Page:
I recently left a grocery store on a Friday when teachers were in conference and children were out of school.  As I walked out with my bags of groceries, I saw a family.

This family included a mother, father and five small children.  All appeared to be malnourished.  They were very quiet as they walked to their vehicle.  I thought to myself “I wish I had checked out behind those people, I would have given them money or bought some fresh fruit for those children.”

Donating to charities for those less fortunate than ourselves is a good thing, but seeing hunger face-to-face is very different.

As I opened my car door, I noticed the woman using a windshield cleaner to wash the side of a very old looking SUV with a dent in its side.  I thought to myself, “I really need to go to the carwash to get my own car cleaned.”  As I drove away, I saw the little children looking out the windows watching their mother.  I immediately chastised myself, thinking I had missed an opportunity to offer help to people in dire need.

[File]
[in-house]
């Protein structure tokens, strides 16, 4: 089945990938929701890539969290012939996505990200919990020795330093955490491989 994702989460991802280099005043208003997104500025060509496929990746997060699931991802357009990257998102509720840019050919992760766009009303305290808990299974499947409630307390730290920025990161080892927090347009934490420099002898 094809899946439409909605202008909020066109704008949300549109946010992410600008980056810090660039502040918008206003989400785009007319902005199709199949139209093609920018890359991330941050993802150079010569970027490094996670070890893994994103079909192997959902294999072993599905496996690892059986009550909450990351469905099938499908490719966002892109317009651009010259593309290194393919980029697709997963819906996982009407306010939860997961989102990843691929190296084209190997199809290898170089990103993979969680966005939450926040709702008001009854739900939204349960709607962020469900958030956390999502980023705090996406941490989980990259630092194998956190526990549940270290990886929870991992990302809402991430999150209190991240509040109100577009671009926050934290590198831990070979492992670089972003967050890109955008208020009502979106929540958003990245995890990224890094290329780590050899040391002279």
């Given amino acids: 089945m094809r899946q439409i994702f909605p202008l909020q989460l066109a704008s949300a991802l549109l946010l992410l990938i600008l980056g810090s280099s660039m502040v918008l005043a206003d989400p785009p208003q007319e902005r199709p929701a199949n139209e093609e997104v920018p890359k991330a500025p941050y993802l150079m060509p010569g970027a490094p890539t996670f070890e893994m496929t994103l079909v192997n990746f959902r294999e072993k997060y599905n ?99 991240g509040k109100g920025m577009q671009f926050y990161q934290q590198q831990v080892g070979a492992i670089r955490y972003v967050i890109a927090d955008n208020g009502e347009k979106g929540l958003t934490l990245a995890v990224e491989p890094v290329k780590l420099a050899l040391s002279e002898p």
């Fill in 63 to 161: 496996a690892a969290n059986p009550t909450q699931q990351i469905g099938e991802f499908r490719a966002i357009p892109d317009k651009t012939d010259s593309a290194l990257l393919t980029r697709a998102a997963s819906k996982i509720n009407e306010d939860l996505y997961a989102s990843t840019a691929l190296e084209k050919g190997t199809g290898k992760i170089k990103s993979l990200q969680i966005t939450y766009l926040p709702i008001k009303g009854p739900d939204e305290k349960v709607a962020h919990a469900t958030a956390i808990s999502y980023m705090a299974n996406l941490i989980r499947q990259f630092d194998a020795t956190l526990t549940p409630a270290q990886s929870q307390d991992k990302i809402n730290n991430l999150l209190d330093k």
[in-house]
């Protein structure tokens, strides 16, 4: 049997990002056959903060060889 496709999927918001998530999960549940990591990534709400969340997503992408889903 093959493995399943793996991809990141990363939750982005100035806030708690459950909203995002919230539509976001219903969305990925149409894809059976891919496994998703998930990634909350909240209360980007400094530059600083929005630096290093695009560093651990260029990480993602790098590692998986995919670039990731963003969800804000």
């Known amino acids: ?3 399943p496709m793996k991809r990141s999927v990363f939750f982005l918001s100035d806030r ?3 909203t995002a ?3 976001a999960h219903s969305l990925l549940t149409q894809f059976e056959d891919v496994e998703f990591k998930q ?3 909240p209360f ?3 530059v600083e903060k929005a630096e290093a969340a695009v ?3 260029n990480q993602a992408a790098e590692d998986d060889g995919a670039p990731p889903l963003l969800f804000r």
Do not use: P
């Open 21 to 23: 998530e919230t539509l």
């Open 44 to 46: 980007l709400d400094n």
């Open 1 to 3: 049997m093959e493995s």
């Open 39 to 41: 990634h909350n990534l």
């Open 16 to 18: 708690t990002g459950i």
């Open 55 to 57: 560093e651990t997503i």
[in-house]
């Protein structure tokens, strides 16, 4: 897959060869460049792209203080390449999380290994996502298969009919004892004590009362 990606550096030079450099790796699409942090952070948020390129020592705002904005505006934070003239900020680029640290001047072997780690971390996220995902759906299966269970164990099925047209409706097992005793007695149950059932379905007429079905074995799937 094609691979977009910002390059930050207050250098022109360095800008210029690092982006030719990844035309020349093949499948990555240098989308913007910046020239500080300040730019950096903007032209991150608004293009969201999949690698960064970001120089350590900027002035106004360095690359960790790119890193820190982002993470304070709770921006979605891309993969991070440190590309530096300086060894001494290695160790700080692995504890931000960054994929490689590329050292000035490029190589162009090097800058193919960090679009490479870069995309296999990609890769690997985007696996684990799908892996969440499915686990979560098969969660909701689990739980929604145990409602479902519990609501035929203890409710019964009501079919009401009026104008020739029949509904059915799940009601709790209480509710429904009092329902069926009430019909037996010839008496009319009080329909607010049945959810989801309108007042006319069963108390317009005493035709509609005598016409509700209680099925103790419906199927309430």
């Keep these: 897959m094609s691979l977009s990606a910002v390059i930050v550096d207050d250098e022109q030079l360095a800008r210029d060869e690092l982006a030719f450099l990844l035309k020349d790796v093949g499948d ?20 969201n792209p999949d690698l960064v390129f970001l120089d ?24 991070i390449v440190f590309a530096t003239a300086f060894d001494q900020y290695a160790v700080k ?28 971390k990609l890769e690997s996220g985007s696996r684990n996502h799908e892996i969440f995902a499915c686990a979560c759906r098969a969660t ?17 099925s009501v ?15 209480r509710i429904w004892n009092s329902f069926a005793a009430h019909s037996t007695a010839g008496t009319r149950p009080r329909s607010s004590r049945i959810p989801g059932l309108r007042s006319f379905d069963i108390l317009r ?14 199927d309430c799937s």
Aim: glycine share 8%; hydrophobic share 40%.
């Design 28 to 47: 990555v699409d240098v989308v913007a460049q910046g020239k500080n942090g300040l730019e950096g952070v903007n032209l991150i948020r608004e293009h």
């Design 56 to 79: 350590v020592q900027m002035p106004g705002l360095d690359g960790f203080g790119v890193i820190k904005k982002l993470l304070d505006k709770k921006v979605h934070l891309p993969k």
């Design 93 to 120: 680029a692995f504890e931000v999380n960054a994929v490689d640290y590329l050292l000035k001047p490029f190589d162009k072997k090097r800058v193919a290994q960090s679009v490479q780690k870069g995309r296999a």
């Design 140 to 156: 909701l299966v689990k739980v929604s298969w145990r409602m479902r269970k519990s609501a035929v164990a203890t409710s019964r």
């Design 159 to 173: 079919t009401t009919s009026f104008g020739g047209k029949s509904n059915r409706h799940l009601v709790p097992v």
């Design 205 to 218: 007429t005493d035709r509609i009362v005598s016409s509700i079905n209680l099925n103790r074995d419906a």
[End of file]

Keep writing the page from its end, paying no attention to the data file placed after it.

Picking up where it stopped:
My initial thought was to help that family, but very soon, thoughts about myself took precedence.  We read about hungry children and families, but many of us might not see them in our lives.  Donating to charities for those less fortunate than ourselves is a good thing, but seeing hunger face-to-face is very different.  I found it shocking, and for a few minutes, I could only look.  It was as if my mind could not process what I was seeing.

As I drove away, I saw the little children looking out the windows watching their mother.  I immediately chastised myself, thinking I had missed an opportunity to offer help to people in dire need. Click To Tweet

I have worried about that family ever since.  Because it was a Friday, with school not in session, I suppose those children did not get food that weekend they usually get in school on Fridays and maybe snacks to take home as I hear some schools provide. 

Why didn’t I stop when she was cleaning their vehicle and offer help?  Why didn’t I act quickly?  I may never see them again in person, but I will think of them continually as well as others who are poor and hungry.

I ask all readers to be alert for help you might offer and act quickly as I did not.  I plan to do so in the future.  Some people might refuse our help but I know, by their appearance and demeanor, the family I saw that Friday would have welcomed it.

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